Here’s a letter to The Guardian from various cognitive science heavyweights such as Steven Pinker and Hal Pashler about the thicket of Ed Biz myths nurtured by Howard Gardner’s old Multiple Intelligences theory:
‘The claim that students will perform better when the teaching is matched to their preferred learning style is simply not supported by science,’ writes Bruce Hood. Photograph: Alamy
Sunday 12 March 2017 19.59 EDT
There is widespread interest among teachers in the use of neuroscientific research findings in educational practice. However, there are also misconceptions and myths that are supposedly based on sound neuroscience that are prevalent in our schools. We wish to draw attention to this problem by focusing on an educational practice supposedly based on neuroscience that lacks sufficient evidence and so we believe should not be promoted or supported.
Generally known as “learning styles”, it is the belief that individuals can benefit from receiving information in their preferred format, based on a self-report questionnaire. This belief has much intuitive appeal because individuals are better at some things than others and ultimately there may be a brain basis for these differences. Learning styles promises to optimise education by tailoring materials to match the individual’s preferred mode of sensory information processing.
There are, however, a number of problems with the learning styles approach. …
Finally, and most damning, is that there have been systematic studies of the effectiveness of learning styles that have consistently found either no evidence or very weak evidence to support the hypothesis that matching or “meshing” material in the appropriate format to an individual’s learning style is selectively more effective for educational attainment. …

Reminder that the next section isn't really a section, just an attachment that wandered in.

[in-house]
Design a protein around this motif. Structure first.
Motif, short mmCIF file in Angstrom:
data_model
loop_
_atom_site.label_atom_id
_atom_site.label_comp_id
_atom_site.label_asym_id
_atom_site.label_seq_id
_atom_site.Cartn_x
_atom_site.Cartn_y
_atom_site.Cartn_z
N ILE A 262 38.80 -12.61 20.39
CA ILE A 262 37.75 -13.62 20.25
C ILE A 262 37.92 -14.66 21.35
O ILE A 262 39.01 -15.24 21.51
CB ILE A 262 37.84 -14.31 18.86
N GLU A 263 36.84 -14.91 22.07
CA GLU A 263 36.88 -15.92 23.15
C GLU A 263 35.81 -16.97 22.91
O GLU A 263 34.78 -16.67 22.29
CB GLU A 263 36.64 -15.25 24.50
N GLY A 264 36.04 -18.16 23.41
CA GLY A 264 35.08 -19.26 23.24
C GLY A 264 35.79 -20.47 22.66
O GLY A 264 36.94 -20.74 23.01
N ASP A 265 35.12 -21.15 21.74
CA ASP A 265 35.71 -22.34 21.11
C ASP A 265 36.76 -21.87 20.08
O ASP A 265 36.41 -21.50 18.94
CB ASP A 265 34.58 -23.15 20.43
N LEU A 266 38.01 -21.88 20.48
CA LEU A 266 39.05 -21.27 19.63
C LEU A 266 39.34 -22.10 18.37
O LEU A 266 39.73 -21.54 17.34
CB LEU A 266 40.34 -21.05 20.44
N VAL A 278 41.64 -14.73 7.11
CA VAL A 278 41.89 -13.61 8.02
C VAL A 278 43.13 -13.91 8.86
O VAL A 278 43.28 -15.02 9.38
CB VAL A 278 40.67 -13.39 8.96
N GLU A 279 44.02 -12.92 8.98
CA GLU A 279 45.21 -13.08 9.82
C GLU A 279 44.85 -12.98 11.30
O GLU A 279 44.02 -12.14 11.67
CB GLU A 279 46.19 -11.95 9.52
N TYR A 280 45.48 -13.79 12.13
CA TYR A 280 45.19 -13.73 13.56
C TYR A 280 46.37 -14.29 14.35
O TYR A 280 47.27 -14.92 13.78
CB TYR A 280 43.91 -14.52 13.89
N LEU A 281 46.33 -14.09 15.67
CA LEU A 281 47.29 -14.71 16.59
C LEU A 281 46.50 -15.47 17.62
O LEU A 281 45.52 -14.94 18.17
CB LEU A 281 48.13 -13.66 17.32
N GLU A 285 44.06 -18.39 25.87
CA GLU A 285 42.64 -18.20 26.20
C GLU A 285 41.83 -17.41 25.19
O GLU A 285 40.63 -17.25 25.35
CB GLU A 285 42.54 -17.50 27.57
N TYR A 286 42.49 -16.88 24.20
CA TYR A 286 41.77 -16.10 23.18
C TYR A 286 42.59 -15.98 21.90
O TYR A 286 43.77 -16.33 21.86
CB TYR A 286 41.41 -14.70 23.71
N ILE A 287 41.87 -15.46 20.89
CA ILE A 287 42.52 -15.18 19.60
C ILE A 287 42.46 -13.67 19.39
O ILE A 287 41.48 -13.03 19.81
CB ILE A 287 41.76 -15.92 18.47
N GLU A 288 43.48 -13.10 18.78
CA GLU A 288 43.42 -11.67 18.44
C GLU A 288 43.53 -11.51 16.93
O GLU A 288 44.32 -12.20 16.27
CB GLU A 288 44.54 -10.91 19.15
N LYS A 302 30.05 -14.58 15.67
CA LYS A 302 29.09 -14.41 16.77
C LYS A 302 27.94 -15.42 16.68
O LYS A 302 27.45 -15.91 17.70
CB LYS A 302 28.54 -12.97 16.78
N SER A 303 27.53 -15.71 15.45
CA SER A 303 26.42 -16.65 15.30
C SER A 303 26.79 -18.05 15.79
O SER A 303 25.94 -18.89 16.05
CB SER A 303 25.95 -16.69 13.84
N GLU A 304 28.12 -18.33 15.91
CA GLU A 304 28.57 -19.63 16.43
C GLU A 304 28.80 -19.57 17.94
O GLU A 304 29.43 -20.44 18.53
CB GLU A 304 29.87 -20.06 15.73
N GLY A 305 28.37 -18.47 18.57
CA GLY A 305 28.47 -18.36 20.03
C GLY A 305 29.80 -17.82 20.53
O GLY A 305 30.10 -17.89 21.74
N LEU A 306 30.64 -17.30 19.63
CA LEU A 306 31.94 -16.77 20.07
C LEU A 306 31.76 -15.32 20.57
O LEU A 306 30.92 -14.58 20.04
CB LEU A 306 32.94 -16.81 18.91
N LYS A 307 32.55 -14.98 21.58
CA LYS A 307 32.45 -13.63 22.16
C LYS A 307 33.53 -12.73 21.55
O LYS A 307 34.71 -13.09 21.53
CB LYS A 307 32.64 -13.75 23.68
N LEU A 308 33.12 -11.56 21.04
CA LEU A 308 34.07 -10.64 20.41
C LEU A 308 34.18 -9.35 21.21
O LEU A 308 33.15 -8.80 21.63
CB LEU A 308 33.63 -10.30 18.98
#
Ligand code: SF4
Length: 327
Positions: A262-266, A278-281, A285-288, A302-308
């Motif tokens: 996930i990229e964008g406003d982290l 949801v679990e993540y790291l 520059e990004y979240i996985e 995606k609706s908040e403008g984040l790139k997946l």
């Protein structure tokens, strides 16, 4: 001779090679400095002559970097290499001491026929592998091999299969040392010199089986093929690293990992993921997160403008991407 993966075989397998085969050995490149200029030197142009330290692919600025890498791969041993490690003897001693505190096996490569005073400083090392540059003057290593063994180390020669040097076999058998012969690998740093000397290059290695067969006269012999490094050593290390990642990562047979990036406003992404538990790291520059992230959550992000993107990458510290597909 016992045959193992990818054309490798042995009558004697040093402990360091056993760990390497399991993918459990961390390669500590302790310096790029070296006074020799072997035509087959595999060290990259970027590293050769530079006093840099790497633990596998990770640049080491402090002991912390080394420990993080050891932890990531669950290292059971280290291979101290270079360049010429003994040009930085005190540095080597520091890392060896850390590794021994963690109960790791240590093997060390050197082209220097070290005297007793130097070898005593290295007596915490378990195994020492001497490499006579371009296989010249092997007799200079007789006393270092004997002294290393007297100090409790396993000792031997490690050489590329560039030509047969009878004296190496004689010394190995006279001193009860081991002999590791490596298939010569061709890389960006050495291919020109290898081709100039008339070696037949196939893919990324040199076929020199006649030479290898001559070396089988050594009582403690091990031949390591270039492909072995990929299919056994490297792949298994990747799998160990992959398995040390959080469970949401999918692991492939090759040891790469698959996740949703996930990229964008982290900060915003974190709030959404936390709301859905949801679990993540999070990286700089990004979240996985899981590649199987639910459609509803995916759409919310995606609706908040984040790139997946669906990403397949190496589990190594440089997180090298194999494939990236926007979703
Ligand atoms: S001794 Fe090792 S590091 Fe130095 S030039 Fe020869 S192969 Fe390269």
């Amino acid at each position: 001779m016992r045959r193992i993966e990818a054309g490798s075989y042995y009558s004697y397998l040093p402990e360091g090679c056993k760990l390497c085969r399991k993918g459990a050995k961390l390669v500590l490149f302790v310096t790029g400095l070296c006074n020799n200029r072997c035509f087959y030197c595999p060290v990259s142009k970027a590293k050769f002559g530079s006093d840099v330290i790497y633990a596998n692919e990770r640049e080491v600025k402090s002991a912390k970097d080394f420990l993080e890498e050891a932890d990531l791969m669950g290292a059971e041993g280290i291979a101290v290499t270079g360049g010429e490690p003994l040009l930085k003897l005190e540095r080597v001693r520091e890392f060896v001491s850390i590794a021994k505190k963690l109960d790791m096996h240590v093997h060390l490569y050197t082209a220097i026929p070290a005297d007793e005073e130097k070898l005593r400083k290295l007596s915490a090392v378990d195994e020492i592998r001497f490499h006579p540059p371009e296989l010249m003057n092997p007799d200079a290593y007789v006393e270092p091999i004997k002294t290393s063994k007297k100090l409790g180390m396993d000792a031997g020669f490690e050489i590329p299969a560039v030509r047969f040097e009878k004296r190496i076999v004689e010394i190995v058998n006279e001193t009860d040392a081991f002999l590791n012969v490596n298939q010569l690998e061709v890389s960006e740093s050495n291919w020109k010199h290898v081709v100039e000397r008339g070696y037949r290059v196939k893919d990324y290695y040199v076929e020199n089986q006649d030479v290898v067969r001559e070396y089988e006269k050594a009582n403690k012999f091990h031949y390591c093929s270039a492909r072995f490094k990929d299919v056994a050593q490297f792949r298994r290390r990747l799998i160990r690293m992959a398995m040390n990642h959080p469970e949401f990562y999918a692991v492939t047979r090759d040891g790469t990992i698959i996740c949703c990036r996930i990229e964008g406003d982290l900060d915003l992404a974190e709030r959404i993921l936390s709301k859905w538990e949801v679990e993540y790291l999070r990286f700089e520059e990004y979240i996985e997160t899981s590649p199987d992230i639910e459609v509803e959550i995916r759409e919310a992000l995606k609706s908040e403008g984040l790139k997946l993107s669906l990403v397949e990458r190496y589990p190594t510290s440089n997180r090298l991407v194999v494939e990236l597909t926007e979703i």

These neuromyths may be ineffectual, but they are not low cost. We would submit that any activity that draws upon resources of time and money that could be better directed to evidence-based practices is costly and should be exposed and rejected. Such neuromyths create a false impression of individuals’ abilities, leading to expectations and excuses that are detrimental to learning in general, which is a cost in the long term.
I’m not actually all that much against the “learning styles” myths, except for the opportunity costs and how Gardner’s popular mythology gets in the way of coming to grips with the hard realities of IQ science.
I would recommend that individuals self-experiment on themselves to figure out what learning styles work best for them.
There’s a funny story about the five Rockefeller brothers. The oldest John III. was given a superb traditional education and earned a Ph.D. in economics, but maintained a relatively low profile in life. The four younger brothers — Nelson, Laurance, Winthrop, and David — were educated according to the progressive principles of John Dewey and all grew up dyslexic.
But they had more fun in life because they seldom read anything and instead insisted on face to face communications. If you had something to tell VP Rockefeller, you didn’t send him a memo, you had to go and get barraged with his questions.
So having an oral learning style can work out swell … if you are a Rockefeller.
One Rockefeller adviser who naturally would have liked sending him long memos got so good at explaining things in person to Rocky that he got hired by Rocky’s victorious rival Dick Nixon to talk to him about foreign policy, and wound up having a real kick-ass life: Henry Kissinger.